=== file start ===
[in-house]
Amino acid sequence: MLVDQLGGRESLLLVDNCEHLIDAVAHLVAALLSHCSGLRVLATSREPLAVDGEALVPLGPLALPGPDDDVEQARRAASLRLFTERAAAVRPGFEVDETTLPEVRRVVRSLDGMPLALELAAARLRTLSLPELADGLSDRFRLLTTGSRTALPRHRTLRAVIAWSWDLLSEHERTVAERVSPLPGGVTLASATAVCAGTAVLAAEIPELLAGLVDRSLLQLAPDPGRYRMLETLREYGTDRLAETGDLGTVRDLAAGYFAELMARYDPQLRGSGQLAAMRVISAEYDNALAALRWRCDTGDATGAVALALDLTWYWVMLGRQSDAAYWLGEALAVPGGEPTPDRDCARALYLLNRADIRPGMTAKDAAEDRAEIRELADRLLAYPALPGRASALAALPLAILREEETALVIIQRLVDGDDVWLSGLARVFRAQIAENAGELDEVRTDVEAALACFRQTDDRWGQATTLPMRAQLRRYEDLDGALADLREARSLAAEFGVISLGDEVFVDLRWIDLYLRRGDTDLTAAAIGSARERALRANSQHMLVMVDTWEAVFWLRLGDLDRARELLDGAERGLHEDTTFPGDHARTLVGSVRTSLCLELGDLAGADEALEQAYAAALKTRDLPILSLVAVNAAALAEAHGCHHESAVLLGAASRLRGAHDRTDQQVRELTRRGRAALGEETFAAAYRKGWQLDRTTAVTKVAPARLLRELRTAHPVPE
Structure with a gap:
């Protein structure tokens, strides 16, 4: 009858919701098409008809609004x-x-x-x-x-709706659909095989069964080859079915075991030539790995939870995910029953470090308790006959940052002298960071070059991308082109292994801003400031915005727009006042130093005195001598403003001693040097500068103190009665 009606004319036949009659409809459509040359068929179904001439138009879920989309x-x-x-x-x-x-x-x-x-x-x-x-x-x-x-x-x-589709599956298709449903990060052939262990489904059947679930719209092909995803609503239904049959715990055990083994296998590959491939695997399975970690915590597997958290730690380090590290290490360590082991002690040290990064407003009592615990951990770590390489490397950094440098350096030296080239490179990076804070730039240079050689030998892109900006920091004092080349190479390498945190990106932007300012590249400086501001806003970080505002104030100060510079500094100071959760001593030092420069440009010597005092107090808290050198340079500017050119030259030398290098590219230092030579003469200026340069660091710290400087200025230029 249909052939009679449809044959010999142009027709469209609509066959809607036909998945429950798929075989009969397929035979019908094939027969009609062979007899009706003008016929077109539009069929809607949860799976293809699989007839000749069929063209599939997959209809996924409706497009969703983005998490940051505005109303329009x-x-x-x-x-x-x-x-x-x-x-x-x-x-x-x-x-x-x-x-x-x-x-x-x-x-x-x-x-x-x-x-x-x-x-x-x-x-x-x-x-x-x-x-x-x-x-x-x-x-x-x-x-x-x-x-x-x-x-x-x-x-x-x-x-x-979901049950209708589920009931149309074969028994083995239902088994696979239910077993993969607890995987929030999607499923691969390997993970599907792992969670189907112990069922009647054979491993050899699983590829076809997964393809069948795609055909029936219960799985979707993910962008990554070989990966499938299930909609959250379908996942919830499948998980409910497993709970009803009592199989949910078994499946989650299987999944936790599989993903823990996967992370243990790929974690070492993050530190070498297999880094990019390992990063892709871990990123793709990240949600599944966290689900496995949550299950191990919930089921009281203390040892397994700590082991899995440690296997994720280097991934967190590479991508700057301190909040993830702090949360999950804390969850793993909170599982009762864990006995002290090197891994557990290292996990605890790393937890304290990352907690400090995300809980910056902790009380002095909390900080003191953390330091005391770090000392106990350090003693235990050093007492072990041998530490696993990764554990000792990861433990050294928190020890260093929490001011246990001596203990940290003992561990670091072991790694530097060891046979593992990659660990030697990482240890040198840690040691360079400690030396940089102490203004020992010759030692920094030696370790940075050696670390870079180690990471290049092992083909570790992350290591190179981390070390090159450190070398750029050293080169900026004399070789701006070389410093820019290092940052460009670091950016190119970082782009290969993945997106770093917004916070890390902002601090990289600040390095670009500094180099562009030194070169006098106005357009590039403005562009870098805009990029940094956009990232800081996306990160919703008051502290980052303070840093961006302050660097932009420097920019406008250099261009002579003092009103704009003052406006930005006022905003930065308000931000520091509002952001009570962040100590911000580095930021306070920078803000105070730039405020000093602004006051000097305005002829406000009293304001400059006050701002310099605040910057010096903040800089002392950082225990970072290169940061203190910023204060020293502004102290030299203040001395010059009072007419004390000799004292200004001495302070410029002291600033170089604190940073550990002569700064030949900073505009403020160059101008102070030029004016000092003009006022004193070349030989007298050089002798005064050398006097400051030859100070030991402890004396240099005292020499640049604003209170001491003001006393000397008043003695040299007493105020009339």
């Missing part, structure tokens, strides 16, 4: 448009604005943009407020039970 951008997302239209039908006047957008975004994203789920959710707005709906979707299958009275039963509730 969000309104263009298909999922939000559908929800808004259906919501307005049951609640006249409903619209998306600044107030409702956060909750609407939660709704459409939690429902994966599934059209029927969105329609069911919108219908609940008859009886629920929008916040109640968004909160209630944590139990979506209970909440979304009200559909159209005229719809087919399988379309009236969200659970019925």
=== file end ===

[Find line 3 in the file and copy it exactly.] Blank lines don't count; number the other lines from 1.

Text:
Structure with a gap: